Sustainability of Western Water, Water Storage as Snow, and Trans-Basin Diversions
The impacts of climate change on water sustainability in the Western U.S. is inherently linked to changes in mountain snow accumulation and snowmelt timing which sustains agricultural and municipal water demands for 60 million people in the region. A potential major implication of these changes is associated with the viability of current water infrastructure; in particular, the diversion of water from one river basin to another (aka trans-basin diversions). In Colorado and across the West, trans-basin diversions move water to satisfy the demands of growing population centers, agricultural industries, and other uses. The efficiency of the storage and delivery system is greatly enhanced by the natural storage of winter precipitation in the mountain snowpack and the relatively slow delivery of snowmelt water into the system.
Shift from Snow to Rain With Climate Change
Snowpack measurements over the past 50+ years suggest a broad scale reduction in snowpack water storage associated with regional warming - a trend that is partly due to a shift from snowfall to rainfall. Projected onto this scenario of reduced snowpack, the demand for water in the region is escalating as agricultural, industrial, and societal pressure on the current system grows. Furthermore, land cover changes associated with population growth along the wildland- urban interface, fire suppression, and mountain pine bark beetle outbreaks have altered the manner in which water moves across the landscape.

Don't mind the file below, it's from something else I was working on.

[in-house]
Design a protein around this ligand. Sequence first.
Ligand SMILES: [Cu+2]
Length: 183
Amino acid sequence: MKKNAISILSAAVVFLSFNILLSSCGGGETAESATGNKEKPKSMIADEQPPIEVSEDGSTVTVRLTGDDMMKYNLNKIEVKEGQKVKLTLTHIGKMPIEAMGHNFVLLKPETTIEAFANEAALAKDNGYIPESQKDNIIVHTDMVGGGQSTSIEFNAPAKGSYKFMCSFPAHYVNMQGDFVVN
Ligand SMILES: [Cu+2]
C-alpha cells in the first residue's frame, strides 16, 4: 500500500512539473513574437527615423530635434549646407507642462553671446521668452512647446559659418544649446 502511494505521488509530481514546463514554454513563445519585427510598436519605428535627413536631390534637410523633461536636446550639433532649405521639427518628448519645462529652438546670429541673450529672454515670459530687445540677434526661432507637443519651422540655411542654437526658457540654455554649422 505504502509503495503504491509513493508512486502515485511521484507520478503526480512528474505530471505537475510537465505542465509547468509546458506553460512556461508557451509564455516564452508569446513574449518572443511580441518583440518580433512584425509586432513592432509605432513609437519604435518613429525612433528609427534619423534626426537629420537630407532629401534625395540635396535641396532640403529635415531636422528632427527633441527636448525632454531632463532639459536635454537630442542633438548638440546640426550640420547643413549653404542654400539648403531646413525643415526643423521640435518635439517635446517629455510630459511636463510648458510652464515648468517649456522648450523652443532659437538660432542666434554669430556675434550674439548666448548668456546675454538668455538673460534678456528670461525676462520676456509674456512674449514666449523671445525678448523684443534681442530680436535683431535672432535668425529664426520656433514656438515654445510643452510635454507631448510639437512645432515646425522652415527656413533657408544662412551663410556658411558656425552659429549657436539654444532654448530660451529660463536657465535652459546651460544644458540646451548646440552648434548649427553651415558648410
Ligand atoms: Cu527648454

Identify Tipping Points to Better Understand Climate, Snow, and Ecosystems for Improved Estimates of Future Water Supply and Demand
To address these colliding resource pressures, this project will develop cross-cutting scientific understanding of climate-snow-ecosystem feedbacks to identify tipping points with regard to how these perturbations impact the operational procedures and legal agreements associated with water allocations and trans-basin diversions. In this regard, the nexus of the proposed activity is a synthesis of snowpack information to accurately estimate snowpack water storage. These estimates will then be used within climate, ecosystem, and water operations models; leveraging remotely sensed snow and vegetation information and distributed snowpack models. This project synthesizes disciplinary expertise from snow physics, hydroclimatology, water resources engineering and socio-economics to address current and pressing needs for improved estimates of future water supply and demand in the headwaters region of Colorado.
Outreach and Education to the Water Community
The project also seeks to capitalize on long-standing relationships between team members and various water and land use stakeholder communities. In doing so, it will contribute in four main areas:
- leveraging existing observational infrastructure
- advancing the development and evaluation of science-based, publicly-available snowpack, regional climate and integrated water resources models
- providing unique educational opportunities for graduate students and a post-doctoral scholar to work collaboratively at a major Earth science research university and a national laboratory
- providing water and land resource decision makers with state of the science projections of how water supply and demand will change in the future.